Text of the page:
In today’s blog, here’s everything you need to know about IVF, In Vitro Fertilization!
What is IVF?
IVF is an assisted reproductive technology (ART) in which the fertilization is done by extracting eggs and sperm and manually combining them in a laboratory dish. The embryos are then transferred to the uterus. There are other versions of such technology, including gamete intrafallopian transfer (GIFT) and zygote intrafallopian transfer (ZIFT):
- Gamete intrafallopian transfer (GIFT): this process is very similar to that of IVF except the egg and sperm are immediately placed in the fallopian tubes for fertilization instead of in a laboratory dish.
- Zygote intrafallopian transfer (ZIFT): this ART process is similar to GIFT and IVF, but the fertilized egg is placed into the fallopian tubes within 24 hours after the egg and sperm have been extracted.
Here are the four steps to expect when undergoing IVF:
- To start stimulating egg production, fertility medications may be prescribed. This is usually due to the preference of having multiple eggs to try to fertilize after retrieving. Not all eggs will fertilize, so it’s helpful to have more than one to utilize. Additionally, a woman will receive other tests like a transvaginal ultrasound and blood tests to examine her ovaries and check her hormone levels. For such transfers like GIFT and ZIFT, a woman’s fallopian tube may be x-rayed to determine if they are healthy enough to receive the full procedure.
- For women: after tests and stimulating egg production, the eggs are taken using a minor procedure for extraction. Medicine is provided to help alleviate the discomfort of the procedure. For men: they are asked to provide a sperm sample, which will be needed for insemination.
- Insemination is the process in which the sperm and eggs are mixed together and stored in a dish to encourage fertilization. The dish is monitored until it’s confirmed there is fertilization, in which place the eggs and sperm mixture is considered an embryo.
- Finally, the embryo(s) are transferred to the uterus in a matter of 3 to 5 days after insemination and fertilization. This procedure for women is usually painless and after around 6 to 10 days the procedure is considered successful if the implantation sticks.
Why Use IVF and What Are Some Side Effects?
There are plenty of reasons people use IVF, including:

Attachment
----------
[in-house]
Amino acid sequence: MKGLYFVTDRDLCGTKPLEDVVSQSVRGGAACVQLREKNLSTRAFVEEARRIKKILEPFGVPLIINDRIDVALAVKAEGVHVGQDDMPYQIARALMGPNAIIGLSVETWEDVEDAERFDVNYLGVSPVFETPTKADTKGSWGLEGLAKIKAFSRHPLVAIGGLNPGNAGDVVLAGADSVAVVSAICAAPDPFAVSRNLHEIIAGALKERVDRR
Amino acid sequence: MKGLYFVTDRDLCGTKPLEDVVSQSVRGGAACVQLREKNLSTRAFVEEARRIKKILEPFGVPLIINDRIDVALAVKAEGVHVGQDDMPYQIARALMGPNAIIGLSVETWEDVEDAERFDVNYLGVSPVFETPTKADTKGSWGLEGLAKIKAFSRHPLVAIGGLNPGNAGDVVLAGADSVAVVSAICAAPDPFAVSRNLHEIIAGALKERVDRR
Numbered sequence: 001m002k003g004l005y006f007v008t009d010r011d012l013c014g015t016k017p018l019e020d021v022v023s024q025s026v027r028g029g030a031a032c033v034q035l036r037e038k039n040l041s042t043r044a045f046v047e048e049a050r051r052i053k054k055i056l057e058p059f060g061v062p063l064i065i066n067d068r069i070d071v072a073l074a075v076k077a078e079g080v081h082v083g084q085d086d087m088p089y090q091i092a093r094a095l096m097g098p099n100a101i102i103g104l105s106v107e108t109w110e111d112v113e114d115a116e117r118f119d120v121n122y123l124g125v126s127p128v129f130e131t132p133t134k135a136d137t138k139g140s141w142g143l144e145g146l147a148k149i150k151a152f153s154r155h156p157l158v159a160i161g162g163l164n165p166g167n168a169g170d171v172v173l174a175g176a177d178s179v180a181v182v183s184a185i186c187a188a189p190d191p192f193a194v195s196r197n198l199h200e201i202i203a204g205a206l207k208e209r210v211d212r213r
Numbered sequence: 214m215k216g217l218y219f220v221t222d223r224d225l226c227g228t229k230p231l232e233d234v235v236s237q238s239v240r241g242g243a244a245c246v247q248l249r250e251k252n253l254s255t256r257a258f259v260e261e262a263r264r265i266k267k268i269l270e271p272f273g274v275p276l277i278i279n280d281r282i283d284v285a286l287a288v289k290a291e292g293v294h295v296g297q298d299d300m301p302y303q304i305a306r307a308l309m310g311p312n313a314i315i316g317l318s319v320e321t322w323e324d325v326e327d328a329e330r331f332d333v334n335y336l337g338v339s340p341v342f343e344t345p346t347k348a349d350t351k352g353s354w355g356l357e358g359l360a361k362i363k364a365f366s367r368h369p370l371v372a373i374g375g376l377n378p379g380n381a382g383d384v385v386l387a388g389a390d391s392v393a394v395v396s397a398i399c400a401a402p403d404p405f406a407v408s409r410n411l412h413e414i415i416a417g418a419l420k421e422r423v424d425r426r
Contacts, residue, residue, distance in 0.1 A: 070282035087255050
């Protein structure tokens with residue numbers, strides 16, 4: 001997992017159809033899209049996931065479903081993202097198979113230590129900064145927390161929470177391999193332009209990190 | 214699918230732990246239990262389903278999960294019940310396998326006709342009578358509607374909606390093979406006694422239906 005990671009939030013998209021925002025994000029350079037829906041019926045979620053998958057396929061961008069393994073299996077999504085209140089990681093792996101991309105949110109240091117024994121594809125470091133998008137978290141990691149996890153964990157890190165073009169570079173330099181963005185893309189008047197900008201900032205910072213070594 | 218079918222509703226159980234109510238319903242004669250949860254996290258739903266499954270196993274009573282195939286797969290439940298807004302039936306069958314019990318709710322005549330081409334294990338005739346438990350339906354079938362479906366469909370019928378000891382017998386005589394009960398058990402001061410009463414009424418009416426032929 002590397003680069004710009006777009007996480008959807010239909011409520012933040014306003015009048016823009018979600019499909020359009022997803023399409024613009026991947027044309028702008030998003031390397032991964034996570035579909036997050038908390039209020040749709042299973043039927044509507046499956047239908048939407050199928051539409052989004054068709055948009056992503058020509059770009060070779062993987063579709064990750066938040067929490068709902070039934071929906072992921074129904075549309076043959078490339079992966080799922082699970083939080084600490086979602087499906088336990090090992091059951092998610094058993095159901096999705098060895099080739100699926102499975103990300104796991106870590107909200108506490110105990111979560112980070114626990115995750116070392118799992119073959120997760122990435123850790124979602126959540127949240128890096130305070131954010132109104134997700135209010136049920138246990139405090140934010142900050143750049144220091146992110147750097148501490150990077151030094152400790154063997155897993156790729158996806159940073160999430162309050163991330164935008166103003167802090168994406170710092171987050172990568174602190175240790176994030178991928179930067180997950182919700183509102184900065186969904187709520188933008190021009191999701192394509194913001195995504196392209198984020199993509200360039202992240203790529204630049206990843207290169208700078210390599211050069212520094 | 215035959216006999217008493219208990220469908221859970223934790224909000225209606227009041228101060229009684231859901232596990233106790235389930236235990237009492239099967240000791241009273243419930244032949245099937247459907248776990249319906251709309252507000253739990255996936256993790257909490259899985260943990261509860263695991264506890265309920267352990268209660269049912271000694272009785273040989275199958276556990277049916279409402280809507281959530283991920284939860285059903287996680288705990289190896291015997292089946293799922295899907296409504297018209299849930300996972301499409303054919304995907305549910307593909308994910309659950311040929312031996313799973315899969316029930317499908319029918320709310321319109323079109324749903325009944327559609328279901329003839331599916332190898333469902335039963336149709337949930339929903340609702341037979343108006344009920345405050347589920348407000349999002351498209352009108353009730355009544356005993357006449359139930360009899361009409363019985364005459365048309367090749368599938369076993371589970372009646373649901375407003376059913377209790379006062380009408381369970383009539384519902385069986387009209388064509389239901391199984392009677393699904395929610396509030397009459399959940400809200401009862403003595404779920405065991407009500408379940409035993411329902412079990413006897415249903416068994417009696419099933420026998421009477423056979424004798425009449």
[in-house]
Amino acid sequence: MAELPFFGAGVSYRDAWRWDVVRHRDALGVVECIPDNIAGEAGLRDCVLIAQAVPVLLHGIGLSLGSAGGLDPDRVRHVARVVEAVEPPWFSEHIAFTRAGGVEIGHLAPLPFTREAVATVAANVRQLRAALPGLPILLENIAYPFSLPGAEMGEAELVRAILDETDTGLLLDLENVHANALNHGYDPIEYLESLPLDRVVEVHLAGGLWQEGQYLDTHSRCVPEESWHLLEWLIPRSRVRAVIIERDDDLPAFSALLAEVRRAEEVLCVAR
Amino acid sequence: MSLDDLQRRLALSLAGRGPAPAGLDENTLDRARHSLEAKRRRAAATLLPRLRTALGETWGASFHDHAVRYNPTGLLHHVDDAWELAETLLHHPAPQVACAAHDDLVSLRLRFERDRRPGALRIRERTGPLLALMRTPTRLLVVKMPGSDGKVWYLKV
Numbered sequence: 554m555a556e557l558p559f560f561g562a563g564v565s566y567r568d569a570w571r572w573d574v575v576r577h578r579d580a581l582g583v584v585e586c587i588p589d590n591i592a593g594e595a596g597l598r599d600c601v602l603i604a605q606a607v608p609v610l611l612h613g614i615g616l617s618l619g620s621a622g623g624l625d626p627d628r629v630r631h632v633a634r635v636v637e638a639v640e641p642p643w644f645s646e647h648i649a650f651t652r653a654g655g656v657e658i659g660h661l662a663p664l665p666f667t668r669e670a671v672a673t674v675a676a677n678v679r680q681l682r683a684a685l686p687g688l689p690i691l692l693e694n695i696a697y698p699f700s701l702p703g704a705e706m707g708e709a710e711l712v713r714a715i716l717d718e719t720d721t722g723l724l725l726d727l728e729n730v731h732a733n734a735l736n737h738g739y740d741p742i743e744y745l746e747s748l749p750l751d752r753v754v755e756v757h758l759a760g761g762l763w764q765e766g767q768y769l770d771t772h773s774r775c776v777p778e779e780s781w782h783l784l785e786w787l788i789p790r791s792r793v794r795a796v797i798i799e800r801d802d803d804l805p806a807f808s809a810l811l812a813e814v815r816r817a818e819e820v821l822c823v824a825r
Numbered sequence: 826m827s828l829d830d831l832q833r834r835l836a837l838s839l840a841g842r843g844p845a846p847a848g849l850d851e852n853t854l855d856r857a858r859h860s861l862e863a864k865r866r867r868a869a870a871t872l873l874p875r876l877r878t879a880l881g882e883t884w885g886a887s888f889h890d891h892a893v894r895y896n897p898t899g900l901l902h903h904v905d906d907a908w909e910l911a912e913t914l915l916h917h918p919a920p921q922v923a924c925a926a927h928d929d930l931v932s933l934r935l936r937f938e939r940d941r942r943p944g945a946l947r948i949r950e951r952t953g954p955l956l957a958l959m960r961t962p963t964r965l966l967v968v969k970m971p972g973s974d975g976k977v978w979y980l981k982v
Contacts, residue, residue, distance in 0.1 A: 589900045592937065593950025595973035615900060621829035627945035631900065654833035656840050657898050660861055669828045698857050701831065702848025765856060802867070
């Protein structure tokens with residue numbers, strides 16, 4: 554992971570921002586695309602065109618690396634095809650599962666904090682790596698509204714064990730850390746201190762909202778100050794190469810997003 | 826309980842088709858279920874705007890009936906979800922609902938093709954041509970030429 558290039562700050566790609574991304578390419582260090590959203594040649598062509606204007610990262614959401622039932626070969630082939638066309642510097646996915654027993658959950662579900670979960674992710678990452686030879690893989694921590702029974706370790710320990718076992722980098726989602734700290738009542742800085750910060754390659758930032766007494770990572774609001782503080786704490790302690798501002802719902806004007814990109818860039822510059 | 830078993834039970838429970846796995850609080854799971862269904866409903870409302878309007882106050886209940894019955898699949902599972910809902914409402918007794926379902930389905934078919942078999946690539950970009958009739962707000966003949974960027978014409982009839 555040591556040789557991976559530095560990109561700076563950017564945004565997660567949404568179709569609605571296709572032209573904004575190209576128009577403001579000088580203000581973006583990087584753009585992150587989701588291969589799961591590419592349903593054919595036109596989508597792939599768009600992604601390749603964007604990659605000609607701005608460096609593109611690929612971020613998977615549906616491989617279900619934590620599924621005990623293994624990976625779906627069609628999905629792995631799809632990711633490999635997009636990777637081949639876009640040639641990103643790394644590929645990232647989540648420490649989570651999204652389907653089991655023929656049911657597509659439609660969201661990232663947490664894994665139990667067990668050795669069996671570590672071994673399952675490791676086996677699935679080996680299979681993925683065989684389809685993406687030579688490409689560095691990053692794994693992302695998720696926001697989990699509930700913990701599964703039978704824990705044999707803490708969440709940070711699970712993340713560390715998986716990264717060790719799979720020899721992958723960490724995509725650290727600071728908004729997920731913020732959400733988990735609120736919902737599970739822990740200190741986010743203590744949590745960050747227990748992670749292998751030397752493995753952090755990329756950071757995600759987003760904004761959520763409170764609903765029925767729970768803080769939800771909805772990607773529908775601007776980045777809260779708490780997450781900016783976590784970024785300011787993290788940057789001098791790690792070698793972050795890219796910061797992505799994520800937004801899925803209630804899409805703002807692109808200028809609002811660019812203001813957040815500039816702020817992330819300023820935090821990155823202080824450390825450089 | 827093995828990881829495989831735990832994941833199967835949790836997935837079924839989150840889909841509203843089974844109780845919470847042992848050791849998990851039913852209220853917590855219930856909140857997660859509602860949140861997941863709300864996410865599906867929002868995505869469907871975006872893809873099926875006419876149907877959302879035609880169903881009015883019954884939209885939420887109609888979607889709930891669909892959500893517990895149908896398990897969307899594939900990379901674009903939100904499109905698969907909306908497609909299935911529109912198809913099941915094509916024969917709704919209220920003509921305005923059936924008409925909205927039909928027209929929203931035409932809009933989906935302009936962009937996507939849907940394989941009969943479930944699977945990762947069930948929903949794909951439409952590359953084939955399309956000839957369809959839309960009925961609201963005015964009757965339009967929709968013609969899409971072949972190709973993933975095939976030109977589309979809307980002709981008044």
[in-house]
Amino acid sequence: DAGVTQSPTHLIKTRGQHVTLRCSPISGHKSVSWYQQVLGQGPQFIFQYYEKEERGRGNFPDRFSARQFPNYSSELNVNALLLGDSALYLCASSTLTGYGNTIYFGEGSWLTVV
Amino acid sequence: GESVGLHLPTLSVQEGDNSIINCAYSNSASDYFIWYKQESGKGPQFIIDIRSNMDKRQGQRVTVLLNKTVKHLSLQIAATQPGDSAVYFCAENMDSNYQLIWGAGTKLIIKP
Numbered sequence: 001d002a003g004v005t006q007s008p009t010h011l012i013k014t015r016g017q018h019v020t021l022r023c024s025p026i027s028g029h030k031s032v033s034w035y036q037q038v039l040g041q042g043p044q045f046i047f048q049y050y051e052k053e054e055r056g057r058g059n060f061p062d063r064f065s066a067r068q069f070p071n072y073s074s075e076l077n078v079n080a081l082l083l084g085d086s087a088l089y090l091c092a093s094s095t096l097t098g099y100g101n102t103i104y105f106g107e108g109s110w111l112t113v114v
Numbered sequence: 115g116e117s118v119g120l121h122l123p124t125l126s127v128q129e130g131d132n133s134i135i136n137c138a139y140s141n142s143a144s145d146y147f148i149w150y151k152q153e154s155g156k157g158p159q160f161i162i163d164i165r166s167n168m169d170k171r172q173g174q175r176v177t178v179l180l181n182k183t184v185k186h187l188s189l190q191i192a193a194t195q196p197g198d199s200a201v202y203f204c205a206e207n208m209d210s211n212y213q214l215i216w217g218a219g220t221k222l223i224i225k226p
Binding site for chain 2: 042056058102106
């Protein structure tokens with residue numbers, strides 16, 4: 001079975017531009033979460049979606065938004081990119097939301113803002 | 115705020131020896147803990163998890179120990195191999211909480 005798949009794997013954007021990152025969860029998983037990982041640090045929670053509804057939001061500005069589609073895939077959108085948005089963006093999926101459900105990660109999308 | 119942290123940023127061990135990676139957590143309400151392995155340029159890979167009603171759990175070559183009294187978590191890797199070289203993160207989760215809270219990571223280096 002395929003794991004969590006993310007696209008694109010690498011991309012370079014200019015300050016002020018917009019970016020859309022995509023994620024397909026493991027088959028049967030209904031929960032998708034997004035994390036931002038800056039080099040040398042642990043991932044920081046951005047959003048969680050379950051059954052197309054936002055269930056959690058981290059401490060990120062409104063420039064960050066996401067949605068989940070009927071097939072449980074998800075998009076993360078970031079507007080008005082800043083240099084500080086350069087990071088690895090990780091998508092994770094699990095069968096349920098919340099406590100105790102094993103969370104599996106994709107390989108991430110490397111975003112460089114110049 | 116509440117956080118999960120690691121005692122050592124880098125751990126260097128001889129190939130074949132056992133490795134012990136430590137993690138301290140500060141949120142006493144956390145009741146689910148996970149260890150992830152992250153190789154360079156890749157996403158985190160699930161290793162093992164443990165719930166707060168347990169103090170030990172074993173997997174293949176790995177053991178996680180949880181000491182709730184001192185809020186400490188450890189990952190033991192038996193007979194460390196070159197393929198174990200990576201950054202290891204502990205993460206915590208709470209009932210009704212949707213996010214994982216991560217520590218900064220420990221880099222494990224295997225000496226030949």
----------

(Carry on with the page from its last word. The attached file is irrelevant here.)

- Infertility, including male factor infertility
- Women who’ve had their fallopian tubes taken out
- Women who experience ovulation issues or disorders
Side Effects of IVF
There are some mild side effects after the procedure, which include:
- Mild cramping and/or bloating
- A small amount of fluid found after the procedure
- Breast tenderness
Please note that experiencing heavy vaginal bleeding, pelvic pain, urinating blood, and/or development of a fever over 100.5 degrees after IVF needs to be followed up with your doctor immediately.
How Successful is IVF?
According to the American Pregnancy Association, in the U.S. live birth rates from IVF are as follows:
- 41 to 43% for women under age 35
- 33 to 36% for women ages 35 to 37
- 23 to 27% for women ages 38 to 40
- 13 to 18% for women ages over 40
The success rate of IVF at different clinics depends on lifestyle factors, reproductive history, cause of infertility, and maternal age.
If you’re considering IVF treatment, know that you’re not alone! For more specific questions about treatment options, such as in vitro fertilization, visit our infertility page. Additionally, you can hear Dr. Kate O’Leary from the Institute of Reproductive Health discuss infertility, endometriosis, ovulation, and more from our Wino Gyno series here.
Before picking any particular course of dealing with infertility, we recommend talking about your options with a licensed physician. Our doctors at Mt. Auburn OBGYN are experienced in diagnosing and planning treatment for infertility, and they are just a call away!